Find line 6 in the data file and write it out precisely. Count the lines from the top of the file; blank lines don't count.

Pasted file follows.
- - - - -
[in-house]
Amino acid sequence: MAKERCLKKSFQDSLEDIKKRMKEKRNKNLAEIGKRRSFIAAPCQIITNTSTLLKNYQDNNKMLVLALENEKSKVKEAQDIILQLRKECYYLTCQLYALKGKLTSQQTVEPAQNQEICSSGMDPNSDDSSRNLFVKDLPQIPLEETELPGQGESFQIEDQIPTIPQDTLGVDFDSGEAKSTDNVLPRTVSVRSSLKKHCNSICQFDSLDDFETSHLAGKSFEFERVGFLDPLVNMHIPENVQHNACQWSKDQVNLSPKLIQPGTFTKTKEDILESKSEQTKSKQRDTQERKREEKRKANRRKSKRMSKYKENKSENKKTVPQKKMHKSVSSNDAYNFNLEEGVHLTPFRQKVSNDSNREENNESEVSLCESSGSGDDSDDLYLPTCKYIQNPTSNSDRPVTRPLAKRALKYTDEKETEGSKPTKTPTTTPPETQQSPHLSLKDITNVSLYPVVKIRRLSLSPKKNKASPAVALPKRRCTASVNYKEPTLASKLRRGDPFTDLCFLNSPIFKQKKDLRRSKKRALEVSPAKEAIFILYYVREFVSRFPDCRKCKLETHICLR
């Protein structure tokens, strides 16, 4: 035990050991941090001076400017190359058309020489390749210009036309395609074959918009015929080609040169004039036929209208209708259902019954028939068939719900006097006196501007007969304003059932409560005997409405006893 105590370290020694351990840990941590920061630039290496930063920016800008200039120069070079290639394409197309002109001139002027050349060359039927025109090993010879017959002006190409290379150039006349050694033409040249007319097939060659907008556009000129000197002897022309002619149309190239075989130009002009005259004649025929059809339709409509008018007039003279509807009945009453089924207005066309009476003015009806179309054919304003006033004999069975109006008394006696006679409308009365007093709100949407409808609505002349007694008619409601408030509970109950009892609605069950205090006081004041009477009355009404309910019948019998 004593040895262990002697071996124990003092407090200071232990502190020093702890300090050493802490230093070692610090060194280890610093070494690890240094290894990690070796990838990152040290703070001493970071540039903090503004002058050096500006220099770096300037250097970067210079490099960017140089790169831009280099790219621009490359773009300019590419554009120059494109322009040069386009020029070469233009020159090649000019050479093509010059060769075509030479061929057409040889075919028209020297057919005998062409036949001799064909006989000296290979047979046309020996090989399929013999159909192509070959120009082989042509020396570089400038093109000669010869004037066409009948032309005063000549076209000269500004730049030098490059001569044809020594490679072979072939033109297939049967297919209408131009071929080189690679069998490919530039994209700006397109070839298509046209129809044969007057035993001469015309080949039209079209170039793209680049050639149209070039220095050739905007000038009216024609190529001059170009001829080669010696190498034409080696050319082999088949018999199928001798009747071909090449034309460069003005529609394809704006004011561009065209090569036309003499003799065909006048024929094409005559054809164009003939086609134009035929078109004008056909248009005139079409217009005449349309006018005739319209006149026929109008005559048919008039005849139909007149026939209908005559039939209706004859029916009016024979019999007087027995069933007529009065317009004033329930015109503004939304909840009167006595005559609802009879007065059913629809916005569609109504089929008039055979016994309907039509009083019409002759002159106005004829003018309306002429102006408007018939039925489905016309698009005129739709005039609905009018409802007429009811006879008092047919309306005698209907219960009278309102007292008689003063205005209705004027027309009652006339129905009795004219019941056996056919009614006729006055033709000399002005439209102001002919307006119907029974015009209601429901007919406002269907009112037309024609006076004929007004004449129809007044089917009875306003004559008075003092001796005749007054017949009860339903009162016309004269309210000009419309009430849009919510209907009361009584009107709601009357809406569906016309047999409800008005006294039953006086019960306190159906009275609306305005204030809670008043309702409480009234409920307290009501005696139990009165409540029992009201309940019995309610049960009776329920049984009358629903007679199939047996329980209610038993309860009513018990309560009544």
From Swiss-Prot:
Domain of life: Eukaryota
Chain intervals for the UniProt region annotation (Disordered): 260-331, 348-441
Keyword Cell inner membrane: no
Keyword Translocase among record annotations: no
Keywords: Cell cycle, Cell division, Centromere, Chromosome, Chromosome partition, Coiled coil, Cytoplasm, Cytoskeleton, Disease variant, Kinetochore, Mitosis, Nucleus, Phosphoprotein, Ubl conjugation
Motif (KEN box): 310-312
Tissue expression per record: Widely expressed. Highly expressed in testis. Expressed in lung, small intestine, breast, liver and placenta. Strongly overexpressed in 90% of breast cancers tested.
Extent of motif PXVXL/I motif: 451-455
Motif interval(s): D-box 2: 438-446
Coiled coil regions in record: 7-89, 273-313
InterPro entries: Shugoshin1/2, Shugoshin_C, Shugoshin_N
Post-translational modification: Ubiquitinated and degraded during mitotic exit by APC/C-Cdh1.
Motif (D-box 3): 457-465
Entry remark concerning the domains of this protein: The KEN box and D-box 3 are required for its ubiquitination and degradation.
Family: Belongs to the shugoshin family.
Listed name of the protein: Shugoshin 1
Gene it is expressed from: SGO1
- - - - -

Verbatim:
Chain intervals for the UniProt region annotation (Disordered): 260-331, 348-441